And sure, some stuff that's either exaggerated or plain false has come out of the pro-Tibet independence camp (which apparently now includes both the world's major human rights organizations)- not to defend that in itself at all, but if that's enough to discredit them completely for you, that should also be enough to discredit all political movements everywhere for you. I mean, do you seriously believe the Chinese government doesn't lie about things?


As for China, honest, I agree with Michael Parenti: the country has a long, long way to go.

Ah, Michael Parenti again. My impression is that his main problem with China now is that they aren't doing things like they used to back in the good old days when Mao was running things. He may present himself as an anti-imperialist, but in fact his anti-imperialism is extremely selective- among many other examples I could use, this mention of him from RAWA was quite an illustration of that. And though I think I already brought it up in the last Tibet thread, don't even get me started on his view of Milosevic as some sort of benevolent progressive socialist. He's an apologist for imperialism and ethnic cleansing, just as long as they're carried out by "leftists" (I don't quite get how Milosevic fits that definition, but Parenti seems to think he did), and as such he has no credibility with me at all. Incidentally, though you'll probably dismiss it because of the source, here's a response to Parenti's Tibet article which does seem to be quite well-argued, and certainly seems to be coming from a more informed position than Parenti.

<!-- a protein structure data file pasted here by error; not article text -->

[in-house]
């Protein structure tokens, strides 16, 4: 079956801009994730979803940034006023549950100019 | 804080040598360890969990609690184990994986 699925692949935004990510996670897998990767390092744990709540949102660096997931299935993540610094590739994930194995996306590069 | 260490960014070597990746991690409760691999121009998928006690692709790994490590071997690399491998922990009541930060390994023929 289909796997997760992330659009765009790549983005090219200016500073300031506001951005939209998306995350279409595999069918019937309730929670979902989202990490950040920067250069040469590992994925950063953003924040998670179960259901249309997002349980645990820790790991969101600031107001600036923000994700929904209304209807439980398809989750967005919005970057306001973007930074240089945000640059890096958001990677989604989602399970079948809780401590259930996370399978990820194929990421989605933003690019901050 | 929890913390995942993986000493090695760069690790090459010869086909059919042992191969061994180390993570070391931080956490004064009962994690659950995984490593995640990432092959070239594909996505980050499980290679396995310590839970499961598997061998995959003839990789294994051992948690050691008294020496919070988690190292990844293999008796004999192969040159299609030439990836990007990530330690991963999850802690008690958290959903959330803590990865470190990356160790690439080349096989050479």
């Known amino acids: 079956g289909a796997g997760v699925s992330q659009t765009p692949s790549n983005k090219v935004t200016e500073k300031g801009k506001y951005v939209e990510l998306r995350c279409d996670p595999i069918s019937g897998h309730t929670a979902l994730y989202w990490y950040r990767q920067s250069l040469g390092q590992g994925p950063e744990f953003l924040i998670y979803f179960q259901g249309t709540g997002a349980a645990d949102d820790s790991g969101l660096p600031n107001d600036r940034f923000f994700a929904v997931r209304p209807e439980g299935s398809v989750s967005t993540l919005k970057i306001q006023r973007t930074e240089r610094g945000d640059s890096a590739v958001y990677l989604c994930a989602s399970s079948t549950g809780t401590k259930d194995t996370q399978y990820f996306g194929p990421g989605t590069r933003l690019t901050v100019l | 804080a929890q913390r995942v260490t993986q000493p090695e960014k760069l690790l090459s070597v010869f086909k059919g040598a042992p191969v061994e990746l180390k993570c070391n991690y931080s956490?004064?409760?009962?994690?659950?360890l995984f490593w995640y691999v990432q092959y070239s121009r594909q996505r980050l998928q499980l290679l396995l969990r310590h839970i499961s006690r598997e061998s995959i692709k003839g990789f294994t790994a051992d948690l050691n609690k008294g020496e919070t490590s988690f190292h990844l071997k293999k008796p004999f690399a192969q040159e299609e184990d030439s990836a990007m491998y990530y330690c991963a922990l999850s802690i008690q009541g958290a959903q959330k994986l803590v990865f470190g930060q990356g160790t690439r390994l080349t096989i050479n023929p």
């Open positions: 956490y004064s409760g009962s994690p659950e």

But I'll also note that I'm writing this in a country where protesters are being silenced while the next millionaires are being chosen to rule us. I think we would do better to fix things at home before we worry about whether NED sources are accurately telling us what's happening elsewhere.